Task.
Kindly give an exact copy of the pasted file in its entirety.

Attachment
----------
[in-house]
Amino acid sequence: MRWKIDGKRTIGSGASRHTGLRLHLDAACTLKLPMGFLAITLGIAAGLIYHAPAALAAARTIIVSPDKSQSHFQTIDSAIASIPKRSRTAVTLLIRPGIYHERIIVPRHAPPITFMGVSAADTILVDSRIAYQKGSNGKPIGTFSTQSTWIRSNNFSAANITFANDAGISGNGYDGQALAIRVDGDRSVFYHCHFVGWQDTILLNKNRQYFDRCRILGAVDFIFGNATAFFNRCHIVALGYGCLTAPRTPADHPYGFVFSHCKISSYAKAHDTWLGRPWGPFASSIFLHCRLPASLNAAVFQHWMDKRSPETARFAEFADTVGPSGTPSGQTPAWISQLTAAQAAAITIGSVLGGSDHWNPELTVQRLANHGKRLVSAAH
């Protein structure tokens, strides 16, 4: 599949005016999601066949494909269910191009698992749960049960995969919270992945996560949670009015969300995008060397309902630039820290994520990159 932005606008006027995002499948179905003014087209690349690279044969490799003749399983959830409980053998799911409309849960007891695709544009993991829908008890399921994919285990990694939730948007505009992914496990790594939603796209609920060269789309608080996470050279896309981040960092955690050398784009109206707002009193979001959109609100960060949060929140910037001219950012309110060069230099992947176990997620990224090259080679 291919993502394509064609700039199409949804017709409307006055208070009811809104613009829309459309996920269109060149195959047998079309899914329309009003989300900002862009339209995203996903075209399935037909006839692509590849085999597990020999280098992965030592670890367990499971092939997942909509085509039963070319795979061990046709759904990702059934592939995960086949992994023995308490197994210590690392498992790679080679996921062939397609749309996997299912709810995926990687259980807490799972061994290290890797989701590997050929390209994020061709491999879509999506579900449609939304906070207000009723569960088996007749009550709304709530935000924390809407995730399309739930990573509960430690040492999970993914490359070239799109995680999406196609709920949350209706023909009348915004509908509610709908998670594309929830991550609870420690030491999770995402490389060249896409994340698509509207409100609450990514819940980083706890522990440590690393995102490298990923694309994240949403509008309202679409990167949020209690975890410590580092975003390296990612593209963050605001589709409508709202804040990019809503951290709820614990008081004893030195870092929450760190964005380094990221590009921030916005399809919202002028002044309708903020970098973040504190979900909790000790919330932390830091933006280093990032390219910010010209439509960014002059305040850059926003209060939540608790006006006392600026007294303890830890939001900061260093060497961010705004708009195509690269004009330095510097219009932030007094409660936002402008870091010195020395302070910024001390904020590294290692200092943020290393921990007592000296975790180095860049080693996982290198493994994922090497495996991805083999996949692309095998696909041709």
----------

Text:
[in-house]
Amino acid sequence: MRWKIDGKRTIGSGASRHTGLRLHLDAACTLKLPMGFLAITLGIAAGLIYHAPAALAAARTIIVSPDKSQSHFQTIDSAIASIPKRSRTAVTLLIRPGIYHERIIVPRHAPPITFMGVSAADTILVDSRIAYQKGSNGKPIGTFSTQSTWIRSNNFSAANITFANDAGISGNGYDGQALAIRVDGDRSVFYHCHFVGWQDTILLNKNRQYFDRCRILGAVDFIFGNATAFFNRCHIVALGYGCLTAPRTPADHPYGFVFSHCKISSYAKAHDTWLGRPWGPFASSIFLHCRLPASLNAAVFQHWMDKRSPETARFAEFADTVGPSGTPSGQTPAWISQLTAAQAAAITIGSVLGGSDHWNPELTVQRLANHGKRLVSAAH
């Protein structure tokens, strides 16, 4: 599949005016999601066949494909269910191009698992749960049960995969919270992945996560949670009015969300995008060397309902630039820290994520990159 932005606008006027995002499948179905003014087209690349690279044969490799003749399983959830409980053998799911409309849960007891695709544009993991829908008890399921994919285990990694939730948007505009992914496990790594939603796209609920060269789309608080996470050279896309981040960092955690050398784009109206707002009193979001959109609100960060949060929140910037001219950012309110060069230099992947176990997620990224090259080679 291919993502394509064609700039199409949804017709409307006055208070009811809104613009829309459309996920269109060149195959047998079309899914329309009003989300900002862009339209995203996903075209399935037909006839692509590849085999597990020999280098992965030592670890367990499971092939997942909509085509039963070319795979061990046709759904990702059934592939995960086949992994023995308490197994210590690392498992790679080679996921062939397609749309996997299912709810995926990687259980807490799972061994290290890797989701590997050929390209994020061709491999879509999506579900449609939304906070207000009723569960088996007749009550709304709530935000924390809407995730399309739930990573509960430690040492999970993914490359070239799109995680999406196609709920949350209706023909009348915004509908509610709908998670594309929830991550609870420690030491999770995402490389060249896409994340698509509207409100609450990514819940980083706890522990440590690393995102490298990923694309994240949403509008309202679409990167949020209690975890410590580092975003390296990612593209963050605001589709409508709202804040990019809503951290709820614990008081004893030195870092929450760190964005380094990221590009921030916005399809919202002028002044309708903020970098973040504190979900909790000790919330932390830091933006280093990032390219910010010209439509960014002059305040850059926003209060939540608790006006006392600026007294303890830890939001900061260093060497961010705004708009195509690269004009330095510097219009932030007094409660936002402008870091010195020395302070910024001390904020590294290692200092943020290393921990007592000296975790180095860049080693996982290198493994994922090497495996991805083999996949692309095998696909041709």